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At this stage, runners’ lives diverge in a few different directions. Some train more intensely on college teams, in pro groups, or as recreational racers. Others shift their focus to work or family, logging miles on the side for physical and mental well-being. “For some people, it might be their peak, and they’re running their highest mileage and longer distances,” Sakiko Minagawa says, a registered dietitian for the division of sports medicine at Nationwide Children’s Hospital in Dublin, Ohio. “For others, it actually might be less because they now have a full-time job or full-time parenting.” What you eat in your 20s and 30s can help power you no matter which route you take.
Regardless of your lifestyle, your body’s still building new bone, at least until your mid- to late 20s, registered dietitian nutritionist Yasi Ansari says. The food you eat contributes to this construction project, leaving you with stronger scaffolding for the rest of your life. Proper fueling also regulates your hormones, powerful chemical messengers that guide everything from your menstrual cycle to your mental health to your muscle growth.
Pregnant, or trying to be? Continuing to consume a variety of macro- and micronutrients prepares your body to grow another healthy human. Once you’re expecting and while you’re breastfeeding, your overall energy needs—and requirements for some vitamins and minerals—increase even more.
Tips for What to Eat in Your 20s and 30s
Some runners aim for a specific number on the scale, or a “race weight.” Starting with this goal in mind can be counterproductive: One 2019 study found collegiate athletes who aimed for a thin physique had 89 percent more injuries than those who didn’t put a priority on being lean. Instead, focus on eating a wide range of foods that make you feel strong and healthy, registered dietician nutritionist Lauren Antonucci says.
Track Your Cycle
Reproduction is often one of the first functions that shuts down when you’re underfueled, making your period a powerful gauge of your energy intake. Keep tabs on your cycle, and if it’s erratic or halts altogether (and you’re not pregnant), talk to your doc or an R.D.—you might need more fuel, or specific foods to support your training and life. When things are flowing normally, nutrition tweaks can help you work with your hormones to get the most out of your training, sports dietician Lydia Nader says. For instance, increasing nutrients like magnesium, zinc, and omega-3 fatty acids around the time of your period can decrease inflammation, easing PMS symptoms.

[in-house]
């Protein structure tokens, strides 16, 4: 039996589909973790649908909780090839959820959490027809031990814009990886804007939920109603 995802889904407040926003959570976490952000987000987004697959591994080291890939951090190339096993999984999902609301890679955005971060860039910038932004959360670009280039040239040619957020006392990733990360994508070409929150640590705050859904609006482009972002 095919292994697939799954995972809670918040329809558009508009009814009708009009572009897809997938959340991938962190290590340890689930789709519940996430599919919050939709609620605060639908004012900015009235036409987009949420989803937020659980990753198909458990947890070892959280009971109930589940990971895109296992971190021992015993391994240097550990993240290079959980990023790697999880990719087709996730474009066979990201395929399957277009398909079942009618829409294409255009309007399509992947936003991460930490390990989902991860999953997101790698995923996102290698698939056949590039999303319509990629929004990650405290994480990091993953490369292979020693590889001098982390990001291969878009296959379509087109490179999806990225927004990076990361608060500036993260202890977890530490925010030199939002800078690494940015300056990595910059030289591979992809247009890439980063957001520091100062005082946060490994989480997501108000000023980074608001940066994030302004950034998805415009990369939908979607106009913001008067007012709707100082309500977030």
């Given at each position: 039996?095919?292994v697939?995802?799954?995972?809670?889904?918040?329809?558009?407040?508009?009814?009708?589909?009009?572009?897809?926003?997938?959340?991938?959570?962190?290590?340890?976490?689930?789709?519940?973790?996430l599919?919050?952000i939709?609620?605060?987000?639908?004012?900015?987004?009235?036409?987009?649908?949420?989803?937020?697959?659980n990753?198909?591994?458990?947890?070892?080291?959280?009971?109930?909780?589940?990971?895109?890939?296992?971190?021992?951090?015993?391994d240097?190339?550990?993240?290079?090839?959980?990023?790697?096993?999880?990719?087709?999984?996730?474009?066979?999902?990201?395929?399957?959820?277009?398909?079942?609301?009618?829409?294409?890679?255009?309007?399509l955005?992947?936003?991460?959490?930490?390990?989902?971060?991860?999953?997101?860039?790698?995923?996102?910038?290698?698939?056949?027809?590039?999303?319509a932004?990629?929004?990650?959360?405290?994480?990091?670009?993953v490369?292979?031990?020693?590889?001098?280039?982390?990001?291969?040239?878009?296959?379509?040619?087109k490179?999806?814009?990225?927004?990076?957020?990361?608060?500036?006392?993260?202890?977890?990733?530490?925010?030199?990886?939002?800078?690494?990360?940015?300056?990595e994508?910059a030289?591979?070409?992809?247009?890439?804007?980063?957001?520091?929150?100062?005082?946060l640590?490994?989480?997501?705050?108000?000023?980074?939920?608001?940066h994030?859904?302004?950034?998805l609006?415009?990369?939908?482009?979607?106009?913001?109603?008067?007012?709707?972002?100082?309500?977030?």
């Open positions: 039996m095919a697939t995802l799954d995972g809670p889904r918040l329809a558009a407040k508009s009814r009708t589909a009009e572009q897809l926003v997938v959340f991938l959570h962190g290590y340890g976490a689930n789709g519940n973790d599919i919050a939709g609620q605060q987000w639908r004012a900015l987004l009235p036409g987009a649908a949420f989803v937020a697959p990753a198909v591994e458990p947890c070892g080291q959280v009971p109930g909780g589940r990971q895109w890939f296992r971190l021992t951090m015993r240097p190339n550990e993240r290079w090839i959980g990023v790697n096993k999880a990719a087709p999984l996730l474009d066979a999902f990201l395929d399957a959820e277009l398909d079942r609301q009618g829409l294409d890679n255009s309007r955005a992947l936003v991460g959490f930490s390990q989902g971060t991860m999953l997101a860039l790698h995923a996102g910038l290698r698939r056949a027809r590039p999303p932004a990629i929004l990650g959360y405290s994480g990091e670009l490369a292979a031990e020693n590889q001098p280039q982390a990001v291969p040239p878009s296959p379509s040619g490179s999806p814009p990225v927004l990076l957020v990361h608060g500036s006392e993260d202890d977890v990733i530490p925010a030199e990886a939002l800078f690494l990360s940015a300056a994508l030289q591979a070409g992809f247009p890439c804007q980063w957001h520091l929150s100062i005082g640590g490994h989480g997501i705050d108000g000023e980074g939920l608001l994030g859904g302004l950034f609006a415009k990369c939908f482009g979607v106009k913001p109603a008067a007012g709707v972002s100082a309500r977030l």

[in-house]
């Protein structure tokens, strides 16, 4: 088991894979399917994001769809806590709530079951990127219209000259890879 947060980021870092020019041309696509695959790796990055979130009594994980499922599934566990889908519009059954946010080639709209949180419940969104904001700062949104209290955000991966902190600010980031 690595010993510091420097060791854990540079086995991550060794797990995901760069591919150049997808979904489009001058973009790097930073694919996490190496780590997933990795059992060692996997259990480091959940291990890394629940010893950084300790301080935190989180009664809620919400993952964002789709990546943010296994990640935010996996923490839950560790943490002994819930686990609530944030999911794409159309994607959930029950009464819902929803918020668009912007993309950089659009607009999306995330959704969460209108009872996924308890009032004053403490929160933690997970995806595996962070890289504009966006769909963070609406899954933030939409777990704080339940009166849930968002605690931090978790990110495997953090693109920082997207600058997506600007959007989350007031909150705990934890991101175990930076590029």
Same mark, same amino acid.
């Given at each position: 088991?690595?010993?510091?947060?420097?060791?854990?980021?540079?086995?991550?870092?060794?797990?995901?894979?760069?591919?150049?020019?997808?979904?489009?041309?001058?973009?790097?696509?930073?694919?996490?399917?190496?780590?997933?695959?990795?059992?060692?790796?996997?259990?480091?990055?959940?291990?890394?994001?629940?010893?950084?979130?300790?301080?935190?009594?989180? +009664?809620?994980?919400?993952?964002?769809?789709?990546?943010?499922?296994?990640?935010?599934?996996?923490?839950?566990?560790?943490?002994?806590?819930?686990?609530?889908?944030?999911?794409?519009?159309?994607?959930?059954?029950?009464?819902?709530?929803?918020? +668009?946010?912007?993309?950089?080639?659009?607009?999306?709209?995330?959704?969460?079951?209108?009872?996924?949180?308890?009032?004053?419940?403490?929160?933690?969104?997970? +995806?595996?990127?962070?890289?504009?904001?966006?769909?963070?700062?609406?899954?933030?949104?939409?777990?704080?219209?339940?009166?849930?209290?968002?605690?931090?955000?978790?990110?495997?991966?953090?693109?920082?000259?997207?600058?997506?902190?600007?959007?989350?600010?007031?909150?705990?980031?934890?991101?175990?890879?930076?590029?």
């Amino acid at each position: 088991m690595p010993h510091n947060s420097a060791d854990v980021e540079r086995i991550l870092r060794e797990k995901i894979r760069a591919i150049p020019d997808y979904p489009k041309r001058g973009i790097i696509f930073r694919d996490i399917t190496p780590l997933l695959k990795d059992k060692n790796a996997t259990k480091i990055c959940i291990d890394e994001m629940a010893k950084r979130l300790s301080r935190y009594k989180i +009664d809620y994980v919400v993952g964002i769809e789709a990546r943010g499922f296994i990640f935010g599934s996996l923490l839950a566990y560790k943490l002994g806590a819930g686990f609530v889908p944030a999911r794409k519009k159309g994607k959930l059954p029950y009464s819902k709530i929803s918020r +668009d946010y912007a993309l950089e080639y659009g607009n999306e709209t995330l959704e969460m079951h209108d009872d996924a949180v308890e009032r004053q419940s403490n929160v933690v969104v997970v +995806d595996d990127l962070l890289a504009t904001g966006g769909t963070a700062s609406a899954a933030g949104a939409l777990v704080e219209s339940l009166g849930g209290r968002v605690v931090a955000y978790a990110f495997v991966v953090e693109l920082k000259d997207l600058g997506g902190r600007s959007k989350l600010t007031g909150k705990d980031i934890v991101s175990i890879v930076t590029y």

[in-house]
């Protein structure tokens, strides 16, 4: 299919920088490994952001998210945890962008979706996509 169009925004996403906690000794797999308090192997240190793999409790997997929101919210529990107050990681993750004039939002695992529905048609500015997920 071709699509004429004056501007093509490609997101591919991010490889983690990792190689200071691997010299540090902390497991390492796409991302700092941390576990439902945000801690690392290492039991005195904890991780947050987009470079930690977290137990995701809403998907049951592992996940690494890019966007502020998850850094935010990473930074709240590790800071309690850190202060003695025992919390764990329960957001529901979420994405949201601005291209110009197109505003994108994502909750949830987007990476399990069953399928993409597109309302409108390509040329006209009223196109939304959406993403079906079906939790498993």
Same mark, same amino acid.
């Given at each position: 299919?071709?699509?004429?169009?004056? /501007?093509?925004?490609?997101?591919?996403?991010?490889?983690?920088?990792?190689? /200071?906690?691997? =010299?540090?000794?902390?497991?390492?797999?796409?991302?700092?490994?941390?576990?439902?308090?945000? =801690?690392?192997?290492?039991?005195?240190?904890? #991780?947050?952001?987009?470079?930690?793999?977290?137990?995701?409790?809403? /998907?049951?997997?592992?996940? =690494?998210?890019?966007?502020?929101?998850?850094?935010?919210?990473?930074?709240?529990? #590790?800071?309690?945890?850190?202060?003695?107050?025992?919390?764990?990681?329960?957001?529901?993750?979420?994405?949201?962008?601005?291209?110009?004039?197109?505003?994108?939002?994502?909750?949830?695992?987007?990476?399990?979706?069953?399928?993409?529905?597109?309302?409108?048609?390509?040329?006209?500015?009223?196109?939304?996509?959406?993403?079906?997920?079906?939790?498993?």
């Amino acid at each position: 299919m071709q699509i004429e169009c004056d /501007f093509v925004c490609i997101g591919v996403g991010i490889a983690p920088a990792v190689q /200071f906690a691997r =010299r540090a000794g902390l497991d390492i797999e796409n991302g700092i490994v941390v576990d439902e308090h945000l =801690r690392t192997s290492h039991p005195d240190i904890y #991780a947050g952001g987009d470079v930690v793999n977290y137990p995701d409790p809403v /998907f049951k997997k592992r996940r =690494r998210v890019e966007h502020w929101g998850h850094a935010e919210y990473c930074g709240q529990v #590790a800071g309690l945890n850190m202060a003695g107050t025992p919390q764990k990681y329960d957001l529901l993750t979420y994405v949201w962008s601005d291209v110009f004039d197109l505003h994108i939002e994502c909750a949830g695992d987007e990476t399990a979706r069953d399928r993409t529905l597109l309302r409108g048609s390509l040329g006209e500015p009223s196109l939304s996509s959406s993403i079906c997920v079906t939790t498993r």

Your body needs iron to build two key proteins, hemoglobin and myoglobin, which transport and store energizing oxygen. Women lose this vital mineral each month in period blood, and runners leech iron through each strike of their foot on the ground. While teen girls need it too—about 15 milligrams daily—adult women’s recommended intake increases to 18 milligrams. Double those amounts if you’re vegetarian or vegan, because plant sources aren’t absorbed as easily. Better yet, get your blood tested once or twice per year; ask your doc to check your ferritin levels, a measure of iron stored in your tissues (benchmarks vary, but many sports dietitians place the cutoff for low levels at 50 micrograms per liter).
Power Your Pregnancy
Your body needs even more energy to grow a new human, and if you’re running through your pregnancy, it’s more important than ever to ensure you’re eating enough, Minagawa says. Your iron needs roughly double to provide oxygen to your baby—aim for about 27 milligrams. In addition, adequate folate intake prevents birth defects. Good sources include beans, peas, dark green leafy vegetables, and fortified foods, and your doc may recommend a supplement.